I like to read.
I like being swept away in the story, transported to another world and even into another life! Whether it’s Harry Potter or Scarlett O’Hara, I slip into thinking what it would be like to be them and all that might entail. Recently, I dove into a book by Elie Wiesel entitled, “Night.” It’s his memoir of surviving the Holocaust as a fifteen-year-old boy. One part that seized my heart happens as he arrives at Auschwitz-Birkenau Concentration Camp. I feel like I am there with him as he is being herded from a railroad cattle car. As with most death camp narratives, this is a hard thing to read. But, if you will bear with me, I will share what I began to reflect on after setting the book aside. As Eleazar (Elie) and his father are driven through the camp, they are torn from his mother and sister, soldiers separating them at gun point. One line for those that can do hard labor; one for those that could not. Elie then witnesses something that, at first, he couldn’t make sense of: A Nazi soldier is pulling small bundles from a covered truck and throwing them into a trench filled with fire. Terrified he is bound for the same fire, it takes Eleazar a moment to realize what he is seeing: These bundles are babies! Small, living, breathing children being thrown in and burned alive! Think on this: This Nazi soldier was a real person, not just a character in a story. He lived and died and we will never know his name. We don’t know if he felt shame, regret or if he ever realized the horror of what he had done. But What if… What if this soldier died with this crime hanging fully on his spirit because he had never taken it to God and asked to be forgiven? What if he carried it to his grave? Just like you and I will do, he stepped from this world into God’s presence. What a heart-breaking moment that would have been for him AND for God! For the soldier, he may be realizing for the first time that God was alive and real. Now there may be an accounting for all he had done. And for God, what an agony it would be to love this man as a father loves a child and, at the same time, know the evil that he had done. Like any Father, it would wound Him deeply to send this soldier, His precious child, away from His presence forever. If only he had come to the Father and asked for the gift of forgiveness! As I lay thinking, this other possibility grew in my thoughts: But what if… What if, in the days or years after Auschwitz, this soldier, this man, realized what he had done? What if the suffering became so great, he went looking for redemption? What if this soldier, this “brother” of ours, found God, knelt at the foot of the Cross and called out to God to forgive this unforgivable wrong? Suddenly, this heavenly scene changes! In my mind’s eye, I see God’s arms fling open wide as the man enters His presence! The Father embraces him, overjoyed that His child, a soldier no more, is home, forgiven and washed clean as snow! There are many that would disagree that a person guilty of such atrocities could ever be forgiven. Could a bended knee and a whispered confession bring complete forgiveness? How could it be that simple? It is easier to think that it is GOD who wouldn’t forgive because, in truth, we ourselves have trouble forgiving. Here on earth, it is commonplace for humans to turn their backs on someone they deem as unforgivable. Mercy can be hard to come by, and forgiveness, especially towards ourselves, is hard to give. I have spoken to people that believe they could never be acceptable to God, as if God has limits and could never forgive them for the terrible things they have done: Like the man on Skid Row that chose alcohol over his family. Like the imprisoned mother that had drowned her baby while binging on cocaine. Like the teenage girl that sleeps around, desperate to feel wanted. God’s mercy economy is not like the world’s. You can never “owe” so much that you cannot be forgiven. Our wrongdoings can never outweigh the infinite mercy of God.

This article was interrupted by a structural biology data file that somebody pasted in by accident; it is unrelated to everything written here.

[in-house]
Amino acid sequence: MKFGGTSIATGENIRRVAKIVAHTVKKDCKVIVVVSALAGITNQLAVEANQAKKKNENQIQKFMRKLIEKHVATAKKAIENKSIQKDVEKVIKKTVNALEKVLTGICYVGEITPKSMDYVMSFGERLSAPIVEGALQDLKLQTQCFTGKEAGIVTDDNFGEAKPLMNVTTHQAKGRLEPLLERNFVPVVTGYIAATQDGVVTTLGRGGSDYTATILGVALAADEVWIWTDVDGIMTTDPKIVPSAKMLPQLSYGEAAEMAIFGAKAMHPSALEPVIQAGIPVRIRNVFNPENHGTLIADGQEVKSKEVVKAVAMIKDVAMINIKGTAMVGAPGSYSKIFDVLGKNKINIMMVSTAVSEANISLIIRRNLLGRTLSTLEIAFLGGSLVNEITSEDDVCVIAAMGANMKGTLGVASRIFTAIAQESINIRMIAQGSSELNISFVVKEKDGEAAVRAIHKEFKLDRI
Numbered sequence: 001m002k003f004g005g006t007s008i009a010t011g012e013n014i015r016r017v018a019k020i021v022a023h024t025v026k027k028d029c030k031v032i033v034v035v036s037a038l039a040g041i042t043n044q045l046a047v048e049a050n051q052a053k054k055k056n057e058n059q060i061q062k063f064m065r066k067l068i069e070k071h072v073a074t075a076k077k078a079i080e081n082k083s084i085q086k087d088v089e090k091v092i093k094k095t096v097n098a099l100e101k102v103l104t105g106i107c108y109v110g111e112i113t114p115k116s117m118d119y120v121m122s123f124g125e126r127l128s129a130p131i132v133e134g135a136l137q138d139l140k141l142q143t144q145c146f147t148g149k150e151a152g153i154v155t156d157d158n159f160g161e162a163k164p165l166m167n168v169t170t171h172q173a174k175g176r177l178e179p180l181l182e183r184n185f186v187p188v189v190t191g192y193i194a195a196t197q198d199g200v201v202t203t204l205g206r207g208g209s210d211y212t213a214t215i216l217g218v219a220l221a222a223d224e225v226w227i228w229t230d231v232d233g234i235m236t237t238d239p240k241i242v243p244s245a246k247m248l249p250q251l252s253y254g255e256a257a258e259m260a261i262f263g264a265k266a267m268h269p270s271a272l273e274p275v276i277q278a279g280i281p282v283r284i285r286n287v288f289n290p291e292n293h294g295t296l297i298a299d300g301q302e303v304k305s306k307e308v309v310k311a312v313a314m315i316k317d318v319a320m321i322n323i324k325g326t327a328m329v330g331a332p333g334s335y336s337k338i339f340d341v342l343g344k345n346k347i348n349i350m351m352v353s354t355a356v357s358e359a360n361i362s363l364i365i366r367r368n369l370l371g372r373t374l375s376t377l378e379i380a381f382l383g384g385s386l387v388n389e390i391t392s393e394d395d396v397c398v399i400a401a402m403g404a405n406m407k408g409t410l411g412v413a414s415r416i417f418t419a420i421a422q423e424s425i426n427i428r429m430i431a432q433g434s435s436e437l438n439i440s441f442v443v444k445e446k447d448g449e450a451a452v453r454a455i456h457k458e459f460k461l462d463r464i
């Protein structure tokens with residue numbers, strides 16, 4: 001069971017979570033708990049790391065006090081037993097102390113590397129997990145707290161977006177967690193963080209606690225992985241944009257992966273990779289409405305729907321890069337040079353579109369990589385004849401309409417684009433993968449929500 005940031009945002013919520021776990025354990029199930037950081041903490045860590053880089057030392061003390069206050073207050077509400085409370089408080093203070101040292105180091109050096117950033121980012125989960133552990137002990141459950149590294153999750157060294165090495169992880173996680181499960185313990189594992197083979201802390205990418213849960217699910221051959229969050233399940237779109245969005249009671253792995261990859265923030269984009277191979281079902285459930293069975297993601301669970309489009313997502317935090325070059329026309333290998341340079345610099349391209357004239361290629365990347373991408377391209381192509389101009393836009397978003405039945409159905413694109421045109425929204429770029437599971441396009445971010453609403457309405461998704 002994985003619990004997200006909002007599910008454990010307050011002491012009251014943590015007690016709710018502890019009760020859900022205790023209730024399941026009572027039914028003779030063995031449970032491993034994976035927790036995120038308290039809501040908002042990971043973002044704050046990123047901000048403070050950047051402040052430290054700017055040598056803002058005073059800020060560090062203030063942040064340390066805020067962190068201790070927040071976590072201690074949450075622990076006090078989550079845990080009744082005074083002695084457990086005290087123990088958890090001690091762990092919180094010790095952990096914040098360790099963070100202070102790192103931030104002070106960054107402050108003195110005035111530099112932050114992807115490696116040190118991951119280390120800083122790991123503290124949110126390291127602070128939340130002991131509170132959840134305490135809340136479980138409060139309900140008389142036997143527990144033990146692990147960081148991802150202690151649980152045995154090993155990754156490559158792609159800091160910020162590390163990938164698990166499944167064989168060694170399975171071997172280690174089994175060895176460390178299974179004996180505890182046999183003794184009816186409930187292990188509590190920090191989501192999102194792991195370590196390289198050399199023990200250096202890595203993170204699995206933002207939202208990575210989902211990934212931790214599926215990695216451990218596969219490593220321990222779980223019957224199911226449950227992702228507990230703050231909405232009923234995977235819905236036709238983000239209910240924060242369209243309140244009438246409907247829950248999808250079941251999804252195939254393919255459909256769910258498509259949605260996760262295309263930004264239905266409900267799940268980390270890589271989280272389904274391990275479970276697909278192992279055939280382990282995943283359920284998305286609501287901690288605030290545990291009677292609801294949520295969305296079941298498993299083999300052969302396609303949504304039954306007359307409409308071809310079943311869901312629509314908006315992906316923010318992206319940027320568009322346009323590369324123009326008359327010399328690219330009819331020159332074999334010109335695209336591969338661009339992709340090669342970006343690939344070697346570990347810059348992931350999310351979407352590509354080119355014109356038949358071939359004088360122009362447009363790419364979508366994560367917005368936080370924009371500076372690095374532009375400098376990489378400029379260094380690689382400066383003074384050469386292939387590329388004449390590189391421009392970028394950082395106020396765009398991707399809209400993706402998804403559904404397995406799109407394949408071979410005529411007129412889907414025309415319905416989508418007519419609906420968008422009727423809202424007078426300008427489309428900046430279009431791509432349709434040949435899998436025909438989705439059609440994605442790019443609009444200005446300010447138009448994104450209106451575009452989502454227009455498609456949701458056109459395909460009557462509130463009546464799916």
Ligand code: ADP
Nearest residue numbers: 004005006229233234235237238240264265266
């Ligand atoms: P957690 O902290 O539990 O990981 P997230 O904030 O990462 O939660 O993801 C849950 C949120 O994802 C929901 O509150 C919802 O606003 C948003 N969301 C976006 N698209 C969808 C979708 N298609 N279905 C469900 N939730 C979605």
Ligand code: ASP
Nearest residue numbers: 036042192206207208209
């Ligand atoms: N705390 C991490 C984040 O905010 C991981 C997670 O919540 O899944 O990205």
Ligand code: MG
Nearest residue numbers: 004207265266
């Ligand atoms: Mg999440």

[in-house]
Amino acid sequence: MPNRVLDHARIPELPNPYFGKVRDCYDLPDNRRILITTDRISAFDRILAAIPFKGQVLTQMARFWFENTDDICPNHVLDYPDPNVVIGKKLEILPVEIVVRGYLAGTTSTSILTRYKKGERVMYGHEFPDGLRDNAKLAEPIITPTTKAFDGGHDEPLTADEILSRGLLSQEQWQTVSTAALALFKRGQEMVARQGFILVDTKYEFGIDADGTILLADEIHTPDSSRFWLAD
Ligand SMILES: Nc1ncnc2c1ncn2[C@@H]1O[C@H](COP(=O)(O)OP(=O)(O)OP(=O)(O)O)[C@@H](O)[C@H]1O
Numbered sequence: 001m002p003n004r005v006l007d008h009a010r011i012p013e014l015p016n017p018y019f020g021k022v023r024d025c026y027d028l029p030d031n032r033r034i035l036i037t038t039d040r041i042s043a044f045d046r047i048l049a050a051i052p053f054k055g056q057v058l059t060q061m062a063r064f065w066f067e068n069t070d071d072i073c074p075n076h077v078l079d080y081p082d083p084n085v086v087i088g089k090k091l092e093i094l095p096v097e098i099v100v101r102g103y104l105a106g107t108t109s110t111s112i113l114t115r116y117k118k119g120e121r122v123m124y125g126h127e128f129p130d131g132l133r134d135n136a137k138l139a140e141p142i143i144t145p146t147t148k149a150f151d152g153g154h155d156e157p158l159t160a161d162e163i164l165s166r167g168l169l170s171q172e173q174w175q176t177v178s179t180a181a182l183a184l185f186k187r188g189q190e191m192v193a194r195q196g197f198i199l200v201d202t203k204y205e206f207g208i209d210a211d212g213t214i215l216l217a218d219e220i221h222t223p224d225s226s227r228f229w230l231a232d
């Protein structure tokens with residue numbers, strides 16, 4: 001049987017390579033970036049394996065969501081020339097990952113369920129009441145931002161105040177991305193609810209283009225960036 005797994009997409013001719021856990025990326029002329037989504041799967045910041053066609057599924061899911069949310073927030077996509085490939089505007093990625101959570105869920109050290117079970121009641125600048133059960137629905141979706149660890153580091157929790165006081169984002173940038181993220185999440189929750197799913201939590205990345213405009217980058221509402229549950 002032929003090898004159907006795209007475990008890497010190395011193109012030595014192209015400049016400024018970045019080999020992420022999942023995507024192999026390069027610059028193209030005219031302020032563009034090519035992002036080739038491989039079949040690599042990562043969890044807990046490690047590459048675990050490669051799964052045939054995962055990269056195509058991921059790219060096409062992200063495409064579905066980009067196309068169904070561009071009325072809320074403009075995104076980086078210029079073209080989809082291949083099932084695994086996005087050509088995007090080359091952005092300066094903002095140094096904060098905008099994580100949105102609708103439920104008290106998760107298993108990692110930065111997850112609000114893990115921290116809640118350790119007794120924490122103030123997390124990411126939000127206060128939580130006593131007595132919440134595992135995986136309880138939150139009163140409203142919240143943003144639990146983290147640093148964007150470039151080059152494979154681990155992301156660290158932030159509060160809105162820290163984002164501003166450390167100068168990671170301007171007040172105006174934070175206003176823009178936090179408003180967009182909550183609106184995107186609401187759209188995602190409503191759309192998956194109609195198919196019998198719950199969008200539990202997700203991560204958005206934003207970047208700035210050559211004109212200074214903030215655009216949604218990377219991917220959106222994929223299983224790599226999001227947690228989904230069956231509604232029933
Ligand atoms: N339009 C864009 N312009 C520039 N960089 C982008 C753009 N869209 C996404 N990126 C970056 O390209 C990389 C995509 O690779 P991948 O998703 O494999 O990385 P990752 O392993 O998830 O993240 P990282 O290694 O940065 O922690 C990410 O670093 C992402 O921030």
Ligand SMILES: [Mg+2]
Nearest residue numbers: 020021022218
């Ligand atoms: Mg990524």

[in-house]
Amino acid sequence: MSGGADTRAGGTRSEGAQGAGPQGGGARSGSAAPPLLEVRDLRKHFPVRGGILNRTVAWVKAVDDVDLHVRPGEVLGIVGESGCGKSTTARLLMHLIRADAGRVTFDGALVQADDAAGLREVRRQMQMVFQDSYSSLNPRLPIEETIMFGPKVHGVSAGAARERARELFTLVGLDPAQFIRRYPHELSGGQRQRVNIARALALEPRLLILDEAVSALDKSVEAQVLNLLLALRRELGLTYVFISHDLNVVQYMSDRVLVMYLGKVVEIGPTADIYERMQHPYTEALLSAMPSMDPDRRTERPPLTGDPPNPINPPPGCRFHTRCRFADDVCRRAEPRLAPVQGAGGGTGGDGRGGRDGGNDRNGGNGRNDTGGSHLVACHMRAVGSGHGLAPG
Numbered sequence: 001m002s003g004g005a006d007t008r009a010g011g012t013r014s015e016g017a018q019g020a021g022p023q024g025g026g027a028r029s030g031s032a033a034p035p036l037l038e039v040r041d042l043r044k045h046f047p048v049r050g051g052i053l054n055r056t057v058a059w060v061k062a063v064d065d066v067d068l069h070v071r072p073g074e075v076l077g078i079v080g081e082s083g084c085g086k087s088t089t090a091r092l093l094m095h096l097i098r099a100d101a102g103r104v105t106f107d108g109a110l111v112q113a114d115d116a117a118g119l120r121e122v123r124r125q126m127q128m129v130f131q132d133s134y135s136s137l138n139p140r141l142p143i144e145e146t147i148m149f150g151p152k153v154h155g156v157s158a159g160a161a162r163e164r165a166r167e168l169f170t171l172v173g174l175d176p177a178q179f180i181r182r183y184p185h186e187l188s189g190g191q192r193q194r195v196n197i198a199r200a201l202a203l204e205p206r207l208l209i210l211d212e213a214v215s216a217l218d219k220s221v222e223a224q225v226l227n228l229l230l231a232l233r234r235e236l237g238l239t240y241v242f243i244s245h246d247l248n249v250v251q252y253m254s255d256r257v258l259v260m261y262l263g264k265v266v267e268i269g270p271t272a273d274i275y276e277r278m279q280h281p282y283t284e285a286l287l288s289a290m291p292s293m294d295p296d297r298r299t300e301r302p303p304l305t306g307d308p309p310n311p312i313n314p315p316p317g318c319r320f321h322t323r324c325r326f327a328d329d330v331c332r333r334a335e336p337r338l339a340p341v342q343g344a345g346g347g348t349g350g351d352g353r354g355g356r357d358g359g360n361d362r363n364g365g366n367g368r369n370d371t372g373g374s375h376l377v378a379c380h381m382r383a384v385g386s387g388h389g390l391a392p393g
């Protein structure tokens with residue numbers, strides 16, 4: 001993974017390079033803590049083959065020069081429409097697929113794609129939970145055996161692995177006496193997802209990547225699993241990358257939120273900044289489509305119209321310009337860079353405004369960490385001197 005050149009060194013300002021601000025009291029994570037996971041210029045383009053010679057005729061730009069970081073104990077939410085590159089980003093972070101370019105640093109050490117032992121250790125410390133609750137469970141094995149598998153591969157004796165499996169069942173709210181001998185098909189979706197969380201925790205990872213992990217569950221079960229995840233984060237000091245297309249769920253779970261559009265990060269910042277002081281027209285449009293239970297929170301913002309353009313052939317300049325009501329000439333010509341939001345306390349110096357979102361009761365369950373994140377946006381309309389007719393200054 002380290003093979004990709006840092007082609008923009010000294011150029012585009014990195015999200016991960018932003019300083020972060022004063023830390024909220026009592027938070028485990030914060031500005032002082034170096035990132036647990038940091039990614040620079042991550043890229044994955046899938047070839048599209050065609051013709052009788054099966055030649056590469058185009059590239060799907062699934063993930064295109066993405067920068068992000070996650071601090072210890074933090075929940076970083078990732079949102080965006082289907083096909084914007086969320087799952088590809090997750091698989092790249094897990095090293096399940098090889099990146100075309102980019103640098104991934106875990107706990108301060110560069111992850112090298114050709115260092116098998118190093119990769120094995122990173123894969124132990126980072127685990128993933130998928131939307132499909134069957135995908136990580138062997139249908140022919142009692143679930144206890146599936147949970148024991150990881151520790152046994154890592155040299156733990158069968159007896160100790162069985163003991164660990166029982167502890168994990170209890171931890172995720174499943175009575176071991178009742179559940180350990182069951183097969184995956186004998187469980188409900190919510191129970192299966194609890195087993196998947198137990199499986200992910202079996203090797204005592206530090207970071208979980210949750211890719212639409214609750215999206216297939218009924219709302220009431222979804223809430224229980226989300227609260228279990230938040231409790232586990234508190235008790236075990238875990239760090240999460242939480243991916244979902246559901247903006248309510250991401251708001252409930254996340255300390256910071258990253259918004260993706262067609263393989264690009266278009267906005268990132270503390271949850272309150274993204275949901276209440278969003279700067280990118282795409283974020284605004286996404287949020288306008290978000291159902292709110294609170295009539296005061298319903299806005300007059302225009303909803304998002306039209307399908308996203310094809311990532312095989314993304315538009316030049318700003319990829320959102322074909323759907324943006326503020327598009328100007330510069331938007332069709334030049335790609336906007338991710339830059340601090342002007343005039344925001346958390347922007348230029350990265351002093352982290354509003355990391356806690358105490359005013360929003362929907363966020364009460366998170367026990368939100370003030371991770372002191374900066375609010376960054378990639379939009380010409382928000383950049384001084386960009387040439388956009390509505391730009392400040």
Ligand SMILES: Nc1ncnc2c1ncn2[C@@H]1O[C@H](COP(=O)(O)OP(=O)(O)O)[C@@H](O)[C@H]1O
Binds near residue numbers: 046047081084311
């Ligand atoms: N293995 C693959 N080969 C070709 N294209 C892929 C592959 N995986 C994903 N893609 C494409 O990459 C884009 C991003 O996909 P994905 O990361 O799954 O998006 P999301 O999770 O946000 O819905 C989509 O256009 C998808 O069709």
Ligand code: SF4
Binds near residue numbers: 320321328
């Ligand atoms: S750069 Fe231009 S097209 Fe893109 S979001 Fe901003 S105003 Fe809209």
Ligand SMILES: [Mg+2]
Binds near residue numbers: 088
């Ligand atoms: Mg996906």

“O Lord, you are so good, so ready to forgive, so full of unfailing love for all who ask for your help.” Psalm 86:5
God’s grace is unmeasurable. Unfathomable. Unthinkable by human ideals. As many times as you ask for forgiveness, it will be given. In truth, the Bible says while we were still in our own personal “NIGHT” of sin, God sent Christ to pay our way out, to ransom his life for our forgiveness.
“But God demonstrates his own love for us in this: While we were still sinners, Christ died for us.” Romans 5:8
Hear this truth, friends! While very few people carry what this soldier carried, each of us does have something we hide in the night and that we are ashamed to bring into the light. God knows this and waits for us to bring it to Him. He waits with open arms and unending mercy. So, what if … Shalom, Namra P.